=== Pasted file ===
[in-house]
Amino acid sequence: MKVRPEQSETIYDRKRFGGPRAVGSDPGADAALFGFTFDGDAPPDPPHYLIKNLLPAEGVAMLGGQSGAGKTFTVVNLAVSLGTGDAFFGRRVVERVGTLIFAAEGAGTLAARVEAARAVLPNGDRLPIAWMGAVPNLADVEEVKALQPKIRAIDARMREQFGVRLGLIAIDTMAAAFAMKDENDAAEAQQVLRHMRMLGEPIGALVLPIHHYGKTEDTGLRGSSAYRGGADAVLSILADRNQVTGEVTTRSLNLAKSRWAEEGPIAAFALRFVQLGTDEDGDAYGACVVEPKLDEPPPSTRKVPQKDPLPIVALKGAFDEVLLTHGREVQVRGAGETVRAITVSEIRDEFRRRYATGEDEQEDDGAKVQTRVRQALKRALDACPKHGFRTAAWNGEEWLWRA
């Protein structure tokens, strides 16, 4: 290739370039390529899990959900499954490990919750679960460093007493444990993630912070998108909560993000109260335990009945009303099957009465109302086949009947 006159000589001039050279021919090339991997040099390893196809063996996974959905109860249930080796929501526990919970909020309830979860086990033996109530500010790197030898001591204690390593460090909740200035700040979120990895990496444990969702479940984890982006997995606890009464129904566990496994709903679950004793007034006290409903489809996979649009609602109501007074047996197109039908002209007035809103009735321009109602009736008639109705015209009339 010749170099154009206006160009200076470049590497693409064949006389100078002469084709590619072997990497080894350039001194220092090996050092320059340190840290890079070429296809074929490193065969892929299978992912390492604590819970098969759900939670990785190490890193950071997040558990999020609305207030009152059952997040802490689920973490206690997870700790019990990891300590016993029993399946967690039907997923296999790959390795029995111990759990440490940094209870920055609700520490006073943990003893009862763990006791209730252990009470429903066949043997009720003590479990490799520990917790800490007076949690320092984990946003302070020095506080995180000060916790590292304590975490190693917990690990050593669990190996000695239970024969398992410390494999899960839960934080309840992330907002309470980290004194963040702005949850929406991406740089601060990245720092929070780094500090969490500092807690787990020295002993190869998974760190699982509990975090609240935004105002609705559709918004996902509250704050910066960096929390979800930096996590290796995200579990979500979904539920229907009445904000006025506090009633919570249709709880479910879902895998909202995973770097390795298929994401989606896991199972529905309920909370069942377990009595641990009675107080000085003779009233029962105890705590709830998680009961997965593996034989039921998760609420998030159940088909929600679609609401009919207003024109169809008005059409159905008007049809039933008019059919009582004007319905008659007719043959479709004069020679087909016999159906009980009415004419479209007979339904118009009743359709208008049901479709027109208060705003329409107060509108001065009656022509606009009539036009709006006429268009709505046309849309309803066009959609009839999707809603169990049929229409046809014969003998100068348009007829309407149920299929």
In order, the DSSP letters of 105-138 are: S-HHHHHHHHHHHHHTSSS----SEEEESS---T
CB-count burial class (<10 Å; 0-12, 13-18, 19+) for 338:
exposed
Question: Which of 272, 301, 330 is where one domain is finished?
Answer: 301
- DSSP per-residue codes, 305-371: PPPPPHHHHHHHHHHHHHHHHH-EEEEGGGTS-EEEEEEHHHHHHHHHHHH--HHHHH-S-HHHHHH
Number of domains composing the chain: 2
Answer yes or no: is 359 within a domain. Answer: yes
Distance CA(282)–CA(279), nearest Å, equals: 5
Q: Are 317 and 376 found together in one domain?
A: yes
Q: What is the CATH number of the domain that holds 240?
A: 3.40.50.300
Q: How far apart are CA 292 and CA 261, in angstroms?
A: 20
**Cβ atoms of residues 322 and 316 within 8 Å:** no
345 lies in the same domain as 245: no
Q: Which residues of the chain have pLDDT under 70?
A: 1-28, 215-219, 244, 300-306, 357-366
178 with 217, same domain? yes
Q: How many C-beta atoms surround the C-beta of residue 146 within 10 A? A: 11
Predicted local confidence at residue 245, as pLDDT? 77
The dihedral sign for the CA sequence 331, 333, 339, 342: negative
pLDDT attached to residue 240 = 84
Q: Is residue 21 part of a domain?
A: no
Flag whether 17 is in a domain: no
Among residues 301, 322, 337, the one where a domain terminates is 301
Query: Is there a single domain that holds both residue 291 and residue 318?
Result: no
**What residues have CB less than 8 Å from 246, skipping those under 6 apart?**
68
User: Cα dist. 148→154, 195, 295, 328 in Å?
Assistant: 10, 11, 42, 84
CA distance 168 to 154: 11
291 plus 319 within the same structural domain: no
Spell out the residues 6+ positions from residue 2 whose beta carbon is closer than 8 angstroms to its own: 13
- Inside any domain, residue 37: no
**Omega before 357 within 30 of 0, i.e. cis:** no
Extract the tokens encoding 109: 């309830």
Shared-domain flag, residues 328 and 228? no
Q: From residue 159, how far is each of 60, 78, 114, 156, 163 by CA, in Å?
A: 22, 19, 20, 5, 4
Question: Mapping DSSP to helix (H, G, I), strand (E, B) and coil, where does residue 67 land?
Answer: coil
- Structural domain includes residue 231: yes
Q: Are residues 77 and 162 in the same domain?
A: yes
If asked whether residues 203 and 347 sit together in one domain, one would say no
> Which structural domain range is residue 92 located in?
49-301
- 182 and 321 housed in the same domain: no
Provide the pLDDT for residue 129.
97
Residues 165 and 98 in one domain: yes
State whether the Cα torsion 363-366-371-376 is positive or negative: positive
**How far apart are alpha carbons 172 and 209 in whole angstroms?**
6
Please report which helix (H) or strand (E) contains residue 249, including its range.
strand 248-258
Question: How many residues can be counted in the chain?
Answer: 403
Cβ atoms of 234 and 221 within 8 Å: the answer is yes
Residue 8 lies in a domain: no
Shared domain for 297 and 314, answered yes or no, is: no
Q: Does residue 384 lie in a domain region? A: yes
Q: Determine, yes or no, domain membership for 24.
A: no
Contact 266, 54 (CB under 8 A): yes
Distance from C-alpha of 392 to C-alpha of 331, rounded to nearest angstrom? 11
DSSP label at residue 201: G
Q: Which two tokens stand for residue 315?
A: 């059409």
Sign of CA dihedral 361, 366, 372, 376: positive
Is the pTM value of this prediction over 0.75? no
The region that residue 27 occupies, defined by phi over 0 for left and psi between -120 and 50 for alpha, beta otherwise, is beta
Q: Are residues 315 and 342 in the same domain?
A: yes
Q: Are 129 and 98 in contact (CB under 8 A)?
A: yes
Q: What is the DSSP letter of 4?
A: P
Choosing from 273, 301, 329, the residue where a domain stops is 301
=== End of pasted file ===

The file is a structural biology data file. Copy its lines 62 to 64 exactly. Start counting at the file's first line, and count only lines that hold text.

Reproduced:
Please report which helix (H) or strand (E) contains residue 249, including its range.
strand 248-258
Question: How many residues can be counted in the chain?